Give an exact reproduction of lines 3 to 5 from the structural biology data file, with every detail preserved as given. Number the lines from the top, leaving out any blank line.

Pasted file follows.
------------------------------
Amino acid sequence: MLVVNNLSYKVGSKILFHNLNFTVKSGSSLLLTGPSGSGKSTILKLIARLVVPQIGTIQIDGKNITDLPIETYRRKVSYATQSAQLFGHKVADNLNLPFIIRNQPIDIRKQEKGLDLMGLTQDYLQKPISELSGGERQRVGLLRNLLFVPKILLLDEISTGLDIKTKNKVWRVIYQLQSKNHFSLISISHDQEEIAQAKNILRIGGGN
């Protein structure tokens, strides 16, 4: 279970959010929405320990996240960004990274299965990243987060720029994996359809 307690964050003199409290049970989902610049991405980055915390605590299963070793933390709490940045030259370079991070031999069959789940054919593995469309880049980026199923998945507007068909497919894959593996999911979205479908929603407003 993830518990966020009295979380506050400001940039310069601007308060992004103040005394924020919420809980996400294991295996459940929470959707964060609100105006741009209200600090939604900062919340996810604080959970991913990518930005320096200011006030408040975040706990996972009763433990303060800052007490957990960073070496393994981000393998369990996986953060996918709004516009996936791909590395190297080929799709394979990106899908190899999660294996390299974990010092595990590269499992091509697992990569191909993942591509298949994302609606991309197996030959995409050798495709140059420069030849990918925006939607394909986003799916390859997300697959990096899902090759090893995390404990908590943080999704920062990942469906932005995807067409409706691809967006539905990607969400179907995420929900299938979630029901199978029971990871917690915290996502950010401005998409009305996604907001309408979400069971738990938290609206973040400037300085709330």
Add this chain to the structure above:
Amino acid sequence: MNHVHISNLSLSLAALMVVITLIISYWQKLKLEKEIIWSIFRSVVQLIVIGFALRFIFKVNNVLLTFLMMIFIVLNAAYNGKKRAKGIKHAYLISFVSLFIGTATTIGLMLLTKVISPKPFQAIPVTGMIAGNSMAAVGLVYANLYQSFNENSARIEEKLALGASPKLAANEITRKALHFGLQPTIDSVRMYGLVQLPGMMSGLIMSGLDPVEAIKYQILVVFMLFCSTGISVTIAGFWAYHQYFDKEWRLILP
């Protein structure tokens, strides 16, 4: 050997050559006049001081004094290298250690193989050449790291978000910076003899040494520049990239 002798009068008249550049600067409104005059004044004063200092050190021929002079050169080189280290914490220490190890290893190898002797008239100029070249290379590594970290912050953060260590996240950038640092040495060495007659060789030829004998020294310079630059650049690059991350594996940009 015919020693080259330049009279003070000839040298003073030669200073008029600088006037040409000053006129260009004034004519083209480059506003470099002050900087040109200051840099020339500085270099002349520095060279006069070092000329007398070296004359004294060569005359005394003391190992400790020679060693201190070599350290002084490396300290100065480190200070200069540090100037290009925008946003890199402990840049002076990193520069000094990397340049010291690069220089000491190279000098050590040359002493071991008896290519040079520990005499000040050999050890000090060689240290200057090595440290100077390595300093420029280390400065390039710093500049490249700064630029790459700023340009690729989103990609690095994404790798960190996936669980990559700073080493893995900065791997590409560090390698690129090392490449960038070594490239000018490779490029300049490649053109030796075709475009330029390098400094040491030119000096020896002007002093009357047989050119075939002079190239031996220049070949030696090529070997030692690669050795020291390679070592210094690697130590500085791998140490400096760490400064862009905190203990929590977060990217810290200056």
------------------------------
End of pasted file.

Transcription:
Add this chain to the structure above:
Amino acid sequence: MNHVHISNLSLSLAALMVVITLIISYWQKLKLEKEIIWSIFRSVVQLIVIGFALRFIFKVNNVLLTFLMMIFIVLNAAYNGKKRAKGIKHAYLISFVSLFIGTATTIGLMLLTKVISPKPFQAIPVTGMIAGNSMAAVGLVYANLYQSFNENSARIEEKLALGASPKLAANEITRKALHFGLQPTIDSVRMYGLVQLPGMMSGLIMSGLDPVEAIKYQILVVFMLFCSTGISVTIAGFWAYHQYFDKEWRLILP
């Protein structure tokens, strides 16, 4: 050997050559006049001081004094290298250690193989050449790291978000910076003899040494520049990239 002798009068008249550049600067409104005059004044004063200092050190021929002079050169080189280290914490220490190890290893190898002797008239100029070249290379590594970290912050953060260590996240950038640092040495060495007659060789030829004998020294310079630059650049690059991350594996940009 015919020693080259330049009279003070000839040298003073030669200073008029600088006037040409000053006129260009004034004519083209480059506003470099002050900087040109200051840099020339500085270099002349520095060279006069070092000329007398070296004359004294060569005359005394003391190992400790020679060693201190070599350290002084490396300290100065480190200070200069540090100037290009925008946003890199402990840049002076990193520069000094990397340049010291690069220089000491190279000098050590040359002493071991008896290519040079520990005499000040050999050890000090060689240290200057090595440290100077390595300093420029280390400065390039710093500049490249700064630029790459700023340009690729989103990609690095994404790798960190996936669980990559700073080493893995900065791997590409560090390698690129090392490449960038070594490239000018490779490029300049490649053109030796075709475009330029390098400094040491030119000096020896002007002093009357047989050119075939002079190239031996220049070949030696090529070997030692690669050795020291390679070592210094690697130590500085791998140490400096760490400064862009905190203990929590977060990217810290200056």